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Keeping Nebraska Healthy

By Sen. Deb Fischer

Our children are our future. In Nebraska and across the country, families are working hard and doing all they can to keep their kids happy and healthy. When a child is sick, caretakers want to know their children will receive the care necessary to get better.  During my time in the Senate, I have worked hard to support effective programs to do just that. The Children’s Health Insurance Program (CHIP) helps to ensure all of our nation’s children have access to health insurance coverage, and it has my fullest support.
Just under nine million children, or roughly 1 in 8, receive health coverage from CHIP, and this includes about 55,000 children in Nebraska. This program has broad bipartisan support. The last time Congress authorized funding for CHIP I was proud to cast my vote of support and the vast majority of my colleagues joined me. The bill passed by a vote of 392 to 37 in the House of Representatives and by 92 to 8 in the U.S. Senate.
That sort of bipartisan support for CHIP remains today. My colleagues and I know there’s so much good achieved through this program, and we are working to extend it. Earlier this year, the House of Representatives passed the CHAMPIONING HEALTHY KIDS Act, which would fund CHIP, community health centers, and other programs. I am a cosponsor of the KIDS Act in the Senate, which, like the House bill, would extend the program for five years.
Additionally, I recently voted for a short-term spending bill that included a provision allowing the Department of Health and Human Services to shift funds to help shore up state CHIP programs through the end of the year.
I am also a strong supporter of our nation’s community health centers. Over the last 50 years, non-profit, community-based, patient-centered health centers have earned strong bipartisan support because of their ability to provide high quality, comprehensive, affordable healthcare, especially to women. These organizations take care of nearly 26 million patients—nearly 60 percent of which are women and girls—at over 10,000 sites throughout the country.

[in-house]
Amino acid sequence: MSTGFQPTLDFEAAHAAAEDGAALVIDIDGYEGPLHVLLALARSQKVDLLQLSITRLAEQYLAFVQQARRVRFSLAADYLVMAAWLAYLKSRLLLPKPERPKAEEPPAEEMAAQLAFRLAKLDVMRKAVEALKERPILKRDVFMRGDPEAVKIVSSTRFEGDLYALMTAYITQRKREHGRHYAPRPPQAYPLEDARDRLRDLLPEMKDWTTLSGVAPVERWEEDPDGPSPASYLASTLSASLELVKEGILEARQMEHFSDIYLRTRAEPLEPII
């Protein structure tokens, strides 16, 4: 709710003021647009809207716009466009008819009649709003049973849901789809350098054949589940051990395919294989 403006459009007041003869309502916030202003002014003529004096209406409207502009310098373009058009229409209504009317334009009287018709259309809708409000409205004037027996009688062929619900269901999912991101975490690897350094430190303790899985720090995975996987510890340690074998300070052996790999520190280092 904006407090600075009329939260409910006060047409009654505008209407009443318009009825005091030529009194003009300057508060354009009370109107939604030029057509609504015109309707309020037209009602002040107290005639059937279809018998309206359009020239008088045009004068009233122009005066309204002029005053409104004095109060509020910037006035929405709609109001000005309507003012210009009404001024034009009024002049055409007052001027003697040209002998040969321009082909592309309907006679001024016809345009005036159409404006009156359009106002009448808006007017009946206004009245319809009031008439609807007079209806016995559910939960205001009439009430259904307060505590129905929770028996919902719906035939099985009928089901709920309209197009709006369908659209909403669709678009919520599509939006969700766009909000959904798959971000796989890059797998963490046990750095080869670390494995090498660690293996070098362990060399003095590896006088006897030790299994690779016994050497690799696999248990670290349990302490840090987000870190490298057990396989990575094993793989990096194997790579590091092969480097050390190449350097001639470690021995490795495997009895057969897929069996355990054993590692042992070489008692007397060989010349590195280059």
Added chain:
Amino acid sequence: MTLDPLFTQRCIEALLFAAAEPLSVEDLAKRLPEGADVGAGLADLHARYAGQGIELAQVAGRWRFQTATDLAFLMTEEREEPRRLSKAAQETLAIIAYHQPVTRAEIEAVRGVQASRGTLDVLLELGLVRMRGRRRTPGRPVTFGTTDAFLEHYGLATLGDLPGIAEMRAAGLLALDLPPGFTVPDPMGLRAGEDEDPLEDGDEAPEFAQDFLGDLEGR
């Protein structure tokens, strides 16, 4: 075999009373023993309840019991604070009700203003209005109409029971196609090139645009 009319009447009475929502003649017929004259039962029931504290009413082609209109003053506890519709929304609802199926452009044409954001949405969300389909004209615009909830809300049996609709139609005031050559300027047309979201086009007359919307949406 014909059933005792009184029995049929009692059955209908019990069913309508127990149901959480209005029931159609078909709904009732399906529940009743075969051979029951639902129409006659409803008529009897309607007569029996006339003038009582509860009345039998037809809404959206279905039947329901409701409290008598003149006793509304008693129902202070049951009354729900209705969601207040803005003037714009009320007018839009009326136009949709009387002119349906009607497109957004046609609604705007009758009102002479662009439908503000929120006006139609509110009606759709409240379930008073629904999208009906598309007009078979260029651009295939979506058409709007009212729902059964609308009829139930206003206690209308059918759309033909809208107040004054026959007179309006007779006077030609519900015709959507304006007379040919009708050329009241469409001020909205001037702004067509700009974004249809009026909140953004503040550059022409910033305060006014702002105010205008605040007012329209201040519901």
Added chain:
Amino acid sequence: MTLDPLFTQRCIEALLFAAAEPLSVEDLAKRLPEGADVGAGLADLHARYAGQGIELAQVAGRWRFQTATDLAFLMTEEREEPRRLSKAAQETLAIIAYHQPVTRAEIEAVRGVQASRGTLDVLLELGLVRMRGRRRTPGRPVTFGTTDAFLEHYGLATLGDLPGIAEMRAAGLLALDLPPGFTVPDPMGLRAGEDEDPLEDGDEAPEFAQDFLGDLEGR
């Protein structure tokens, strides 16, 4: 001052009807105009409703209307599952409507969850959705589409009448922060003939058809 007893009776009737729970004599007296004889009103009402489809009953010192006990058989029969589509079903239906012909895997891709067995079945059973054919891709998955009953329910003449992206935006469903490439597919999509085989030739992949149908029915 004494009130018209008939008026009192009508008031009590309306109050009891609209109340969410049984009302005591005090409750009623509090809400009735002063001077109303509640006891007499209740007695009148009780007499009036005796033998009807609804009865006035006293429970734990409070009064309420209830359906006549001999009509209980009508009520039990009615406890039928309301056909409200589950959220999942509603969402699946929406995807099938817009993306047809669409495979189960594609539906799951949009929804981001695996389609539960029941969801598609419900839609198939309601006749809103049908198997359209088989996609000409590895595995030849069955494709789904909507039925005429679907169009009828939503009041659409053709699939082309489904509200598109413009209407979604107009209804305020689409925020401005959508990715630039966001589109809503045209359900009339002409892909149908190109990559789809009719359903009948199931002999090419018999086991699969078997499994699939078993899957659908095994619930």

Community health centers are vital to keeping our state healthy. Nebraska health centers served 84,556 patients in 2016, and 92 percent of them fell below 200 percent of poverty.
Last year, I had the opportunity to visit the Charles Drew Medical Clinic in Omaha and see first-hand the comprehensive and compassionate care they provide.  In 2014, this clinic treated over 9,000 unique patients during 32,000 patient visits across its 15 service locations. According to their president and CEO, Kenny D. McMorris, patients under the age of 18 represented roughly a third of its patients.
As with CHIP, Congress has been working this year to extend funding for community health centers. I joined a bipartisan letter to the leaders of the Senate Health, Education, Labor, and Pensions Committee urging them to resolve the funding cliff community health centers are facing and expressed my willingness to work with them. I also cosponsored the Community Health Investment, Modernization, and Excellence (CHIME) Act, a bill to reauthorize the Community Health Center Fund (CHCF) and the National Health Service Corps (NHSC) for five years, offering a four percent annual increase to both the CHCF and NHSC beginning in 2019.
Throughout my time in the Senate, I have heard from many Nebraskans about the importance of CHIP and community health centers. These issues are important and I believe it would be best for Congress to address both on their own merits and pass individual spending bills, delinking them from partisan fights over funding the government.
Bruce and I would like to wish all Nebraskans a Merry Christmas, a wonderful holiday season filled with joy, love and laughter, and a Happy New Year.